US., Turkey Close to Deal on Action against ISIS

Wall Street Journal: US, coalition partners to receive access to Turkish air bases for launching air strikes.

Gil Ronen,

U.S. Air Force F-16 (illustration)
U.S. Air Force F-16 (illustration)
Reuters

The US and Turkey are close to an agreement on joint military action against the Islamic State (ISIS) terrorist group in northern Syria, according to the Wall Street Journal.

Citing officials from both the U.S. and Turkey, the paper reported that the proposed deal would allow the U.S. and its coalition partners access to Turkish air bases for launching air strikes.

The agreement would also provide for a no-fly zone along a section of the border between Turkey and Syria, which would be off limits to Syrian government aircraft and provide protection for "moderate" Syrian rebels and refugees fleeing the country's civil war.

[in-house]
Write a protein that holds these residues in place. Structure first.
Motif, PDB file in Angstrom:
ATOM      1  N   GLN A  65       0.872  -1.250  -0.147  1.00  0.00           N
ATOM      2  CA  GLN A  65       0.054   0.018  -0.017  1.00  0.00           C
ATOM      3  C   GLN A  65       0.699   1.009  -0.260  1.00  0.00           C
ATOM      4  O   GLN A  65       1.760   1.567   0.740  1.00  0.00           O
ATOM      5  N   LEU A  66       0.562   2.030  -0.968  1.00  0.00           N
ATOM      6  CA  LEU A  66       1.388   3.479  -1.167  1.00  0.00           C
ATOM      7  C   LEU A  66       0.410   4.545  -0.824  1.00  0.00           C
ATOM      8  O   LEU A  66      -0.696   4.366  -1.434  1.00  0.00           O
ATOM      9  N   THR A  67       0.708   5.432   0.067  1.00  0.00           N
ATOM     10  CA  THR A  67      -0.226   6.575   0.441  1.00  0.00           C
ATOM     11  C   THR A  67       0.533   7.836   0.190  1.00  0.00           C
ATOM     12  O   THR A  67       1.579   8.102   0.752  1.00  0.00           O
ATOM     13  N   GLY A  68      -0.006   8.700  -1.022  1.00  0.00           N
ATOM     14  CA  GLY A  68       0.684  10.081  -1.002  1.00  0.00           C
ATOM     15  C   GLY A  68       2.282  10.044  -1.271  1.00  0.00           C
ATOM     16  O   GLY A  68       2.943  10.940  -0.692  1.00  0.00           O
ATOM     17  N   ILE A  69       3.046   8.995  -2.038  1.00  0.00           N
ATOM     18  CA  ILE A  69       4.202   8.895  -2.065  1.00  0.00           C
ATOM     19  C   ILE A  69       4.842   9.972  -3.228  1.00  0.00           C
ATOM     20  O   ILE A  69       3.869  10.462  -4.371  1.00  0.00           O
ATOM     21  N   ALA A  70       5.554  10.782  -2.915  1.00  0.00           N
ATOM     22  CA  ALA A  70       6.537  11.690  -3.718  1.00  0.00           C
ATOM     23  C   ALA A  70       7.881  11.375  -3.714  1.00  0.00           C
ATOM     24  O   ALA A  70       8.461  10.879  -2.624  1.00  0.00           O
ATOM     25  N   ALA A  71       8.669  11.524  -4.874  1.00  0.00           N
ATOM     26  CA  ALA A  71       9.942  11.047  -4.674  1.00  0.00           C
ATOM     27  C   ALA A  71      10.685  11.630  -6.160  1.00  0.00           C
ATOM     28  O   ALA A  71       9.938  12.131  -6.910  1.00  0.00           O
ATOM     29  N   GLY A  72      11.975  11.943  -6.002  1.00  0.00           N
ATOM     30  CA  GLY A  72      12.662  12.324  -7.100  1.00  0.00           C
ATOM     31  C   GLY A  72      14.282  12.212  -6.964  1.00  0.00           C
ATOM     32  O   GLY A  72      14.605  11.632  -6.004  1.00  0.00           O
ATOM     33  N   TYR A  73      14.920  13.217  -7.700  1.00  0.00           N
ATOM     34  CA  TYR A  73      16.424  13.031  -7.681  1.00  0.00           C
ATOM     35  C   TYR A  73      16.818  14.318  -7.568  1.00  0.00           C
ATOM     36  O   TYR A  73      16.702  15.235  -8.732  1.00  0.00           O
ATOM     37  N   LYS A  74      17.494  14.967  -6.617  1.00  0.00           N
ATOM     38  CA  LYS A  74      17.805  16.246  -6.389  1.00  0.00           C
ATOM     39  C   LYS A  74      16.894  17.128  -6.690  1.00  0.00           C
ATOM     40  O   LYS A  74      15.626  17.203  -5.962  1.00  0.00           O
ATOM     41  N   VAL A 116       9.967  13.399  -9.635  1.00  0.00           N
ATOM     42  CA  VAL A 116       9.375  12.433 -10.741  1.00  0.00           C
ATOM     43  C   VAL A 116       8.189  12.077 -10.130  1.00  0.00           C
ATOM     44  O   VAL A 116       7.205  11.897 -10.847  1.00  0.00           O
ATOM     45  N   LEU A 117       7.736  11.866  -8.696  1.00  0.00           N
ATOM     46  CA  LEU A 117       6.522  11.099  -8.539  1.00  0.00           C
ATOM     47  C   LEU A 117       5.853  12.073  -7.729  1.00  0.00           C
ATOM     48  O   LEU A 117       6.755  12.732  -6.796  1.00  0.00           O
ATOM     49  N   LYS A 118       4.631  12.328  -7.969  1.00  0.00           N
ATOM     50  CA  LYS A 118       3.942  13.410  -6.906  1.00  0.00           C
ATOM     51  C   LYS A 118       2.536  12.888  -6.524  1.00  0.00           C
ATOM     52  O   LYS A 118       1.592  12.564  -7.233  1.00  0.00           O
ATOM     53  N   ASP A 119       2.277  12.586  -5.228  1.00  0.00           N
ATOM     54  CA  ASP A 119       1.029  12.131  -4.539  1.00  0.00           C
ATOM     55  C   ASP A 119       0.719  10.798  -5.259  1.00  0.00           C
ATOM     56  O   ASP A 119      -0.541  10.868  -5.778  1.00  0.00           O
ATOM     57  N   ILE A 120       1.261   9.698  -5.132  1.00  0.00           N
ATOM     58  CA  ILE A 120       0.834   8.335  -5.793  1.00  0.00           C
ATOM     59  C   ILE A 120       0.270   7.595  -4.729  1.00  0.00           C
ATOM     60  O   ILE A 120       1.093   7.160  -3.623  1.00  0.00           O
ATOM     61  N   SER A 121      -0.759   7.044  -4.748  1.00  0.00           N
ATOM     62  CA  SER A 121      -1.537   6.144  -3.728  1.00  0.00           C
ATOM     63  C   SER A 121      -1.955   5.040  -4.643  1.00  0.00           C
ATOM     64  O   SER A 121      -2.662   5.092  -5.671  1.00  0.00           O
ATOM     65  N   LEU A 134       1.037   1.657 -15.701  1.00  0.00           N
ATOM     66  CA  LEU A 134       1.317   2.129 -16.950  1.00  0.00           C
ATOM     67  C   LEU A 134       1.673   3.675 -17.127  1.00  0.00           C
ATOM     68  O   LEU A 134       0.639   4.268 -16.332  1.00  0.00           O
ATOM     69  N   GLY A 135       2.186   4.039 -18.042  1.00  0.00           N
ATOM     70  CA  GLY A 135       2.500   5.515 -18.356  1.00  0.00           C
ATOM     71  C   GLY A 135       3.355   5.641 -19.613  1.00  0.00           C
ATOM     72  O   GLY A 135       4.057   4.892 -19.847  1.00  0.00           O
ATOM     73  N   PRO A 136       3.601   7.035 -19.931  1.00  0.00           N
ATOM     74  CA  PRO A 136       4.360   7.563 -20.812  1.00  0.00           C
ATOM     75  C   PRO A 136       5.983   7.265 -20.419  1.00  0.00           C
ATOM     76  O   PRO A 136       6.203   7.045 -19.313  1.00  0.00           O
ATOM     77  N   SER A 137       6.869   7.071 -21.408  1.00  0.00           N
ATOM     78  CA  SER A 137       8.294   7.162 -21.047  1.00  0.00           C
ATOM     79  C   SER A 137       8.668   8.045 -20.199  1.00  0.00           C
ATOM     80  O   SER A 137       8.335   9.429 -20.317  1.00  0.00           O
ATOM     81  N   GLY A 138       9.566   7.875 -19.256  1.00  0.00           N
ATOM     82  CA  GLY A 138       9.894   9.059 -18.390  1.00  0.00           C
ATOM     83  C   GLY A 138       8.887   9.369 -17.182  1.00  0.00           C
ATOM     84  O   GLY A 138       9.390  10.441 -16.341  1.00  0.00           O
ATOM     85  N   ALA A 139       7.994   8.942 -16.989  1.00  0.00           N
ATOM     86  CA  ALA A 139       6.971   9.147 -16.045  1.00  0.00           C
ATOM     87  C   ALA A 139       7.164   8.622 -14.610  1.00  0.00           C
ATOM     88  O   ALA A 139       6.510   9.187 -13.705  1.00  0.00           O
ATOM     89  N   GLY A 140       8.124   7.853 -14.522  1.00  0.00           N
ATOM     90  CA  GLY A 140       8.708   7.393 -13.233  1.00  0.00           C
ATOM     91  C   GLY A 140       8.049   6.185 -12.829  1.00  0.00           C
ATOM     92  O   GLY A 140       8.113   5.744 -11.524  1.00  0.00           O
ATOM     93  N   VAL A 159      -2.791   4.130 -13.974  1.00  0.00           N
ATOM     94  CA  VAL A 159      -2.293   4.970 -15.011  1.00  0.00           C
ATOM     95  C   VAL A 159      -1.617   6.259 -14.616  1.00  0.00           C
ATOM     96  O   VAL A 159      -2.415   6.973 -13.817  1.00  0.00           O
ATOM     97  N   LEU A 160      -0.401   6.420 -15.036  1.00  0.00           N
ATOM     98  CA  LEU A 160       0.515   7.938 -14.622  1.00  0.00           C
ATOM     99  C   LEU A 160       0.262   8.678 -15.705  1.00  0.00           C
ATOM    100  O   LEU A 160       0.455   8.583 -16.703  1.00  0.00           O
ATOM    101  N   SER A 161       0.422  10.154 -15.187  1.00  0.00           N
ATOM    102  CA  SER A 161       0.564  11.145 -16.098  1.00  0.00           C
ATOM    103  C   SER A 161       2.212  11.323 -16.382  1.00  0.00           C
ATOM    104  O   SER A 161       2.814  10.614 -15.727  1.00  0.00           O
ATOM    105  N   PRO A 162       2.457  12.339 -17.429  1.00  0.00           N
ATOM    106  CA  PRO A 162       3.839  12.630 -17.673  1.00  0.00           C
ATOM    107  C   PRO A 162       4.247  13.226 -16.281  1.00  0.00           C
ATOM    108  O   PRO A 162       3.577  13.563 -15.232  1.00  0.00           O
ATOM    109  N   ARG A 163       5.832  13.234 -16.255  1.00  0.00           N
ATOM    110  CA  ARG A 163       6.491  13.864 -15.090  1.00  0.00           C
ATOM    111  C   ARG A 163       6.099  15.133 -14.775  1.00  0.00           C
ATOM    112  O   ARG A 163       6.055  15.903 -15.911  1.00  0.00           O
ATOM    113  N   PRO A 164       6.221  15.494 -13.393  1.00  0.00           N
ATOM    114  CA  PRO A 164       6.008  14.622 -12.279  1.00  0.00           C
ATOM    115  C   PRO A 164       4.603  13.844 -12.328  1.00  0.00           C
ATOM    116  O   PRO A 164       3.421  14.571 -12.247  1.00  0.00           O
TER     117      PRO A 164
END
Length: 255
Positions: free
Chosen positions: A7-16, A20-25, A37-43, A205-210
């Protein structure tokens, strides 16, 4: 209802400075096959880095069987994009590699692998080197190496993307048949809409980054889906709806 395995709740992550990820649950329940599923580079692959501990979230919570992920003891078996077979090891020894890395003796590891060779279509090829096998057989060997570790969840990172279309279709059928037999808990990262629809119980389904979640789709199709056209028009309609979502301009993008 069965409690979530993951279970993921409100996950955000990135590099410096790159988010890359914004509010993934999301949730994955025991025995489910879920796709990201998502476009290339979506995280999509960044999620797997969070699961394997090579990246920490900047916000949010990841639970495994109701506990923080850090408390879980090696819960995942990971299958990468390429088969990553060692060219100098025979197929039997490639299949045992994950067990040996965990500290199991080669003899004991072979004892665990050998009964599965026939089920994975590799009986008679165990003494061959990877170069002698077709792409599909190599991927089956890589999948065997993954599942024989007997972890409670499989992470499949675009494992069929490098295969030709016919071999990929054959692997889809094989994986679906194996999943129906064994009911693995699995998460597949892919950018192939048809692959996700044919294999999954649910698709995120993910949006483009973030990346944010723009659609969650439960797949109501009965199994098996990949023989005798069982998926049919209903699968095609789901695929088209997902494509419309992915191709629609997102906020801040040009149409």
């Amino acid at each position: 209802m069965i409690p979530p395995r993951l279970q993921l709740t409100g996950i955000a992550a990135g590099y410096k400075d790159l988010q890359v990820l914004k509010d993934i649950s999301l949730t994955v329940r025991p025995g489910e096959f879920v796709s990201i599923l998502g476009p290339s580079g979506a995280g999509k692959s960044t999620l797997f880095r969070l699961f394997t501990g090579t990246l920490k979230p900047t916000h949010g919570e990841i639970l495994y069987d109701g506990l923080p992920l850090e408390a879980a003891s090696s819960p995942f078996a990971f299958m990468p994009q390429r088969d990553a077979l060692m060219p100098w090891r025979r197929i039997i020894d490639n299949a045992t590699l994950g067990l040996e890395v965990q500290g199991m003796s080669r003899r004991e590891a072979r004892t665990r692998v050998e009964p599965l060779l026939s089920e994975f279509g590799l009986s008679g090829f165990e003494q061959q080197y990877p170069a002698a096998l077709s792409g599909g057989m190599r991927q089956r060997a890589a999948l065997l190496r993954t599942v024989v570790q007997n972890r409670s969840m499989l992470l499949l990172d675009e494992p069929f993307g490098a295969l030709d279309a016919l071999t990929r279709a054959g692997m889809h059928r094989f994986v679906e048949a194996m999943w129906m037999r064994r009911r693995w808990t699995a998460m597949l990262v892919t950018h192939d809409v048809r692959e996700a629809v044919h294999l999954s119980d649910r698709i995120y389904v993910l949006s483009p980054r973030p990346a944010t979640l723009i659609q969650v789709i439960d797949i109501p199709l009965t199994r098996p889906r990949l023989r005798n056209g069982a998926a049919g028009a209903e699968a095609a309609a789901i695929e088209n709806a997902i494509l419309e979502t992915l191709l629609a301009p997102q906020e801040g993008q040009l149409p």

Turkey has already agreed to allow 2,000 Syrian rebels from “moderate” streams to be trained on its soil, and has sent members of its special forces to northern Iraq to train Kurdish Peshmerga fighters.

The Wall Street Journal reported that Turkey had proposed a far more extensive no-fly zone over northern Syria, but the Obama administration refused, saying that the proposal would constitute an act of war by the US against the government of Syrian President Bashar al-Assad.

US officials told the paper that talks between the two nations were still in a preliminary stage, and a final deal may not be agreed upon for weeks.




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